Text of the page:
By RASHAD ROLLE
Tribune Staff Reporter
MEMBERS of Parliament clashed in the House of Assembly yesterday over allegations St Anne’s MP Hubert Chipman made in a letter to House Speaker Dr Kendal Major in which he claimed that the draft order for constituency boundaries that was tabled last week differed significantly from the report he signed as the Official Opposition’s representative on the Constituencies Commission.
Dr Major read the letter into the record, then called it “extraordinary,” “unprecedented,” and said it possibly impugns his character.
During another rambunctious session, he threatened to name Fort Charlotte MP Dr Andre Rollins when the MP frequently attempted to rise on a point of order only to be rebuffed by the speaker as governing party members shouted and scolded him from their seats.
Mr Chipman was not present in the House yesterday because he is out of the country.
For his absence, he was criticised by governing party members even though he was with a government delegation in Trinidad for a CARICOM meeting at the invitation of Foreign Affairs Minister Fred Mitchell.
Mr Chipman’s letter, dated February 13, said: “I write to formally record my extreme displeasure at the complete and utter variance between the contents of the document shown to me and the document actually tabled in Parliament on Wednesday, February 8, 2017. In particular, as mentioned during our telephone conversation of Friday, February 10, 2017, I had no prior knowledge of the changes relating to Montagu, as announced by the right honourable prime minister, when the draft report was tabled in the House of Assembly on February 8, 2017.”
The letter added: “Therefore, I am bound to express my profound disappointment that the document produced to me withheld material contained in the actual draft report laid in the House. Moreover, a number of my Opposition colleagues have forcefully expressed the view to me that the report fails the test of fundamental fairness in these specific ways.”
Mr Chipman also argued that the decision to recalibrate some boundaries in some constituencies was flawed, and he accused the government members on the commission of gerrymandering.
“The Montagu (which has been renamed Freetown) and St Anne’s constituencies are the most blatant cases (where gerrymandering took place),” he said.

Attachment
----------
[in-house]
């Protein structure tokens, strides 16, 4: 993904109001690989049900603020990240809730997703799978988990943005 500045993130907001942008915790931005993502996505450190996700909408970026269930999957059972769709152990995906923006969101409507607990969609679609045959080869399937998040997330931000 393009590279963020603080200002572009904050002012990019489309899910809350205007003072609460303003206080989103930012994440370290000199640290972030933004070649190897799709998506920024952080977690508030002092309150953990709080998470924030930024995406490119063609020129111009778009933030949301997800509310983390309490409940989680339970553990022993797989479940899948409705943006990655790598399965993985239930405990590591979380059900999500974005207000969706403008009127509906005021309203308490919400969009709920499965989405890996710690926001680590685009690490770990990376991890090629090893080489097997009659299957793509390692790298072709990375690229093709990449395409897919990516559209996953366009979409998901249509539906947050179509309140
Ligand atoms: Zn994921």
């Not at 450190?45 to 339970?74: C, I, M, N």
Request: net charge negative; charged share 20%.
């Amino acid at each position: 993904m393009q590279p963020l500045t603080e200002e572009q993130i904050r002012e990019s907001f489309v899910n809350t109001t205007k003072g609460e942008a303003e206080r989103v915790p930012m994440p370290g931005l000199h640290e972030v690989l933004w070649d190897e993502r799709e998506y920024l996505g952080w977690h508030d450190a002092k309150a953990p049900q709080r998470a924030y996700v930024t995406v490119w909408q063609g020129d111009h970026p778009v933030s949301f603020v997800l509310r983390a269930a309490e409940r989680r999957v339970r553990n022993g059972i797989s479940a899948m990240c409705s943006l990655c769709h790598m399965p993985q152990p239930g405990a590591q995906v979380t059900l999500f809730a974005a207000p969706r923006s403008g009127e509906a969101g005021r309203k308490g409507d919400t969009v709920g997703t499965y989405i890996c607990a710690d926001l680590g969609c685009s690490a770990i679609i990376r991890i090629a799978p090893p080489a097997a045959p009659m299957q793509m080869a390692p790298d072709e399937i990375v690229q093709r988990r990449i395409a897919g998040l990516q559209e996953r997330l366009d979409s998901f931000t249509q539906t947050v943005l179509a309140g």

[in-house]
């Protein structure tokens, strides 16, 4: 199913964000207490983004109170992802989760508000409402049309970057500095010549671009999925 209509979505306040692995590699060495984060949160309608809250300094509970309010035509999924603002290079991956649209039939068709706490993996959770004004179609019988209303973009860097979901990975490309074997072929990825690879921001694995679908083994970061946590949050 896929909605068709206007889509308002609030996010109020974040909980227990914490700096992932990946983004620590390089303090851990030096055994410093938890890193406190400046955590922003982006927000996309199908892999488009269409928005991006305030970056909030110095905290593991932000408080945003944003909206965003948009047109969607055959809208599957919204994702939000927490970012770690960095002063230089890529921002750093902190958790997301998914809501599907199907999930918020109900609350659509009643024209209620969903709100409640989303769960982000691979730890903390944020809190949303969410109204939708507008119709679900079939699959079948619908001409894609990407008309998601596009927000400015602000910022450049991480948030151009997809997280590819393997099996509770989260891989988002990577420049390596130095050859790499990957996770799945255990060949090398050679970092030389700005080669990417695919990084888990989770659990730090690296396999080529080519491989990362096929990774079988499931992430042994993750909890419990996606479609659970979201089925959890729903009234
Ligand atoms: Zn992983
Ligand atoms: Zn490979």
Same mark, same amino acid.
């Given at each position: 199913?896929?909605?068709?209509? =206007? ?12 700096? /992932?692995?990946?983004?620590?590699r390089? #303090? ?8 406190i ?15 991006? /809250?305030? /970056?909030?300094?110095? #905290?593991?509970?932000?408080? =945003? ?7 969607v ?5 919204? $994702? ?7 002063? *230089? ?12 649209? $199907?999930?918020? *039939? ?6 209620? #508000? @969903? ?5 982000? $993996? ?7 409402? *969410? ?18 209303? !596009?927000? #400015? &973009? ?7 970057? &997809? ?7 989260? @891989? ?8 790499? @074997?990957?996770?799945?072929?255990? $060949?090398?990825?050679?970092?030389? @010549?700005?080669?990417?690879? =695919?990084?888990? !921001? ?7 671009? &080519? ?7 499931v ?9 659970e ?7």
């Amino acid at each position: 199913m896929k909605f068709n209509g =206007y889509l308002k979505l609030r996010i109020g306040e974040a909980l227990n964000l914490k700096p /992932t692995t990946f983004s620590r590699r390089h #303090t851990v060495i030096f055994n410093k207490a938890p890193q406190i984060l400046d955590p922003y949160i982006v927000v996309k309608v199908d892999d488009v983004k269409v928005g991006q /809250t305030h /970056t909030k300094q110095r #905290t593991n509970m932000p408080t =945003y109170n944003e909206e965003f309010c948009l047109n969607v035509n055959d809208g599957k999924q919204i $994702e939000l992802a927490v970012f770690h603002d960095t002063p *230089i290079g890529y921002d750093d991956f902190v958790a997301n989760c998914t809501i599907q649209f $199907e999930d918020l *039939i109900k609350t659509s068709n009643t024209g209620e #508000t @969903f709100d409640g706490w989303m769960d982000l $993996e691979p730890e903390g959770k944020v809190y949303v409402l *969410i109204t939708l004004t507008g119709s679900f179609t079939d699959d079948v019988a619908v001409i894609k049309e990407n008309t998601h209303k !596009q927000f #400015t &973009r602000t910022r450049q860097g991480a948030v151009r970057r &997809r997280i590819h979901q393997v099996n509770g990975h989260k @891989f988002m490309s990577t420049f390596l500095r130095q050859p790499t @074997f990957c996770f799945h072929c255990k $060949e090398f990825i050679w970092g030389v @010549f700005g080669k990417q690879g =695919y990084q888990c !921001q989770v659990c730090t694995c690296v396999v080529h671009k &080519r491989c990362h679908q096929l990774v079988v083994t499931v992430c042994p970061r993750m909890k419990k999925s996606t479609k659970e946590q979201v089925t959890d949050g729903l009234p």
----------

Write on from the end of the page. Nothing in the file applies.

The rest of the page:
Mr Chipman also argued that there was no justification for increasing the number of seats in the country given the slow pace of voter registration.
In his letter, Mr Chipman did not explain the difference between the report he signed and the draft order tabled in the House.
In response yesterday, Prime Minister Perry Christie stressed that he made one change to the boundaries report, which was in respect to the name change of the Montagu constituency. He added that this fell within the parametres of his powers as outlined in the Constitution.
Meanwhile, Marathon MP Jerome Fitzgerald, one of the members of the commission, responded by expressing serious concerns about his allegations, which he said were blatantly false.
When Dr Rollins said it was inappropriate for Mr Fitzgerald to criticise an absent member, Dr Major said his comment was the one that was out of order.
“The chair takes grave issue with your comments,” Dr Major said. “This letter in the member’s absence was read from the chair, the same person whose character itself was impugned in this letter, or could be impugned in this letter. So the chair is showing absolute fairness in allowing this to be aired and so for the member of Marathon to defend as a member of the commission, you not having been a member at all, is (appropriate). You are out of order. Take your seat.”
During debate on the draft order, Deputy Prime Minister Philip “Brave” Davis said Mr Chipman was “under duress” when he signed the letter he sent to Dr Major.
“I don’t know that (Mr Chipman) could look me in the eye and speak to me about this,” Mr Davis said. “I don’t think he could look you in the eye and speak to you about this.
“I would wish to note my extreme displeasure in the allegation he made about the commission. The fact that he speaks to the complete and utter variance between the contents of the documents shown him and actually tabled, let me say that there has been no variance from what was handed to him compared to what was laid on the table of the House.
“What was laid on the table of the House was the draft order sent to the governor general by the prime minister. Mr Chipman allowed the crew to bamboozle him into signing this. They forced him to sign this document. He needs to look me in the eye and tell me he believes this what he put his name to,” Mr Davis, a member of the Constituencies Commission, said.